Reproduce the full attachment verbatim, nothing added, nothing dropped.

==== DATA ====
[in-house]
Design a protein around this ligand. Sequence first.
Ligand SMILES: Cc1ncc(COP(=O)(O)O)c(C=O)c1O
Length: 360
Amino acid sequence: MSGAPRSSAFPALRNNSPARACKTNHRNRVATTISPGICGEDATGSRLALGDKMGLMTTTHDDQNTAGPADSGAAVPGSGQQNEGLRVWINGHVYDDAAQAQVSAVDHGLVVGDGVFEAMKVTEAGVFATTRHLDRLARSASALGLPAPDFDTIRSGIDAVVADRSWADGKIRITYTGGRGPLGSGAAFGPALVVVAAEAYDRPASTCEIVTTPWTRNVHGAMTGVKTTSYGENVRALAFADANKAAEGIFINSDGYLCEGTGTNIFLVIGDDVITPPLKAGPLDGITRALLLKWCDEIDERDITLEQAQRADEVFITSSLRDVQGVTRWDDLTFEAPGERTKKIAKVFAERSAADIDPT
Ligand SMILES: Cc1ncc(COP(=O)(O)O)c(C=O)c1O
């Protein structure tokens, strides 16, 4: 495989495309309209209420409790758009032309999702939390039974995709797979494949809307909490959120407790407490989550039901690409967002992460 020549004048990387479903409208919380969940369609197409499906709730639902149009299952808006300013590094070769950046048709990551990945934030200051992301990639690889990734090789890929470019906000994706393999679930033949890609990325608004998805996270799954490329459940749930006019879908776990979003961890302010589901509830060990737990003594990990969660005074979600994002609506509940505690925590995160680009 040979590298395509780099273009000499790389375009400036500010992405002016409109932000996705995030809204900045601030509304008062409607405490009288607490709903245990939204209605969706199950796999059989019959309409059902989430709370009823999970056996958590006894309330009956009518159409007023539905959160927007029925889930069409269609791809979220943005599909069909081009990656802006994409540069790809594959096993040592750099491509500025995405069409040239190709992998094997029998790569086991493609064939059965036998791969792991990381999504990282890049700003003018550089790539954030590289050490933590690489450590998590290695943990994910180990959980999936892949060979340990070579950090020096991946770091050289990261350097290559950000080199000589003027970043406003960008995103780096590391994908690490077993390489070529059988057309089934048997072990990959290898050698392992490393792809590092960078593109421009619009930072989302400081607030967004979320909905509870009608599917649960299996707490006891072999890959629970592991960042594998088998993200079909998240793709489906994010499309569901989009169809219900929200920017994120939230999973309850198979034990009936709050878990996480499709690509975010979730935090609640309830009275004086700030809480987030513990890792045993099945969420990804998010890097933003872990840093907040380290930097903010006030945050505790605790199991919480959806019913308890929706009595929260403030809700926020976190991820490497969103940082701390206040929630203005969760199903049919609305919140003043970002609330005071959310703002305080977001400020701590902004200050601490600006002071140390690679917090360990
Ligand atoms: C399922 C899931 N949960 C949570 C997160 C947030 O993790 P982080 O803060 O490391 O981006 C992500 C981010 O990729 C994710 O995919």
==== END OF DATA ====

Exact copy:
[in-house]
Design a protein around this ligand. Sequence first.
Ligand SMILES: Cc1ncc(COP(=O)(O)O)c(C=O)c1O
Length: 360
Amino acid sequence: MSGAPRSSAFPALRNNSPARACKTNHRNRVATTISPGICGEDATGSRLALGDKMGLMTTTHDDQNTAGPADSGAAVPGSGQQNEGLRVWINGHVYDDAAQAQVSAVDHGLVVGDGVFEAMKVTEAGVFATTRHLDRLARSASALGLPAPDFDTIRSGIDAVVADRSWADGKIRITYTGGRGPLGSGAAFGPALVVVAAEAYDRPASTCEIVTTPWTRNVHGAMTGVKTTSYGENVRALAFADANKAAEGIFINSDGYLCEGTGTNIFLVIGDDVITPPLKAGPLDGITRALLLKWCDEIDERDITLEQAQRADEVFITSSLRDVQGVTRWDDLTFEAPGERTKKIAKVFAERSAADIDPT
Ligand SMILES: Cc1ncc(COP(=O)(O)O)c(C=O)c1O
């Protein structure tokens, strides 16, 4: 495989495309309209209420409790758009032309999702939390039974995709797979494949809307909490959120407790407490989550039901690409967002992460 020549004048990387479903409208919380969940369609197409499906709730639902149009299952808006300013590094070769950046048709990551990945934030200051992301990639690889990734090789890929470019906000994706393999679930033949890609990325608004998805996270799954490329459940749930006019879908776990979003961890302010589901509830060990737990003594990990969660005074979600994002609506509940505690925590995160680009 040979590298395509780099273009000499790389375009400036500010992405002016409109932000996705995030809204900045601030509304008062409607405490009288607490709903245990939204209605969706199950796999059989019959309409059902989430709370009823999970056996958590006894309330009956009518159409007023539905959160927007029925889930069409269609791809979220943005599909069909081009990656802006994409540069790809594959096993040592750099491509500025995405069409040239190709992998094997029998790569086991493609064939059965036998791969792991990381999504990282890049700003003018550089790539954030590289050490933590690489450590998590290695943990994910180990959980999936892949060979340990070579950090020096991946770091050289990261350097290559950000080199000589003027970043406003960008995103780096590391994908690490077993390489070529059988057309089934048997072990990959290898050698392992490393792809590092960078593109421009619009930072989302400081607030967004979320909905509870009608599917649960299996707490006891072999890959629970592991960042594998088998993200079909998240793709489906994010499309569901989009169809219900929200920017994120939230999973309850198979034990009936709050878990996480499709690509975010979730935090609640309830009275004086700030809480987030513990890792045993099945969420990804998010890097933003872990840093907040380290930097903010006030945050505790605790199991919480959806019913308890929706009595929260403030809700926020976190991820490497969103940082701390206040929630203005969760199903049919609305919140003043970002609330005071959310703002305080977001400020701590902004200050601490600006002071140390690679917090360990
Ligand atoms: C399922 C899931 N949960 C949570 C997160 C947030 O993790 P982080 O803060 O490391 O981006 C992500 C981010 O990729 C994710 O995919």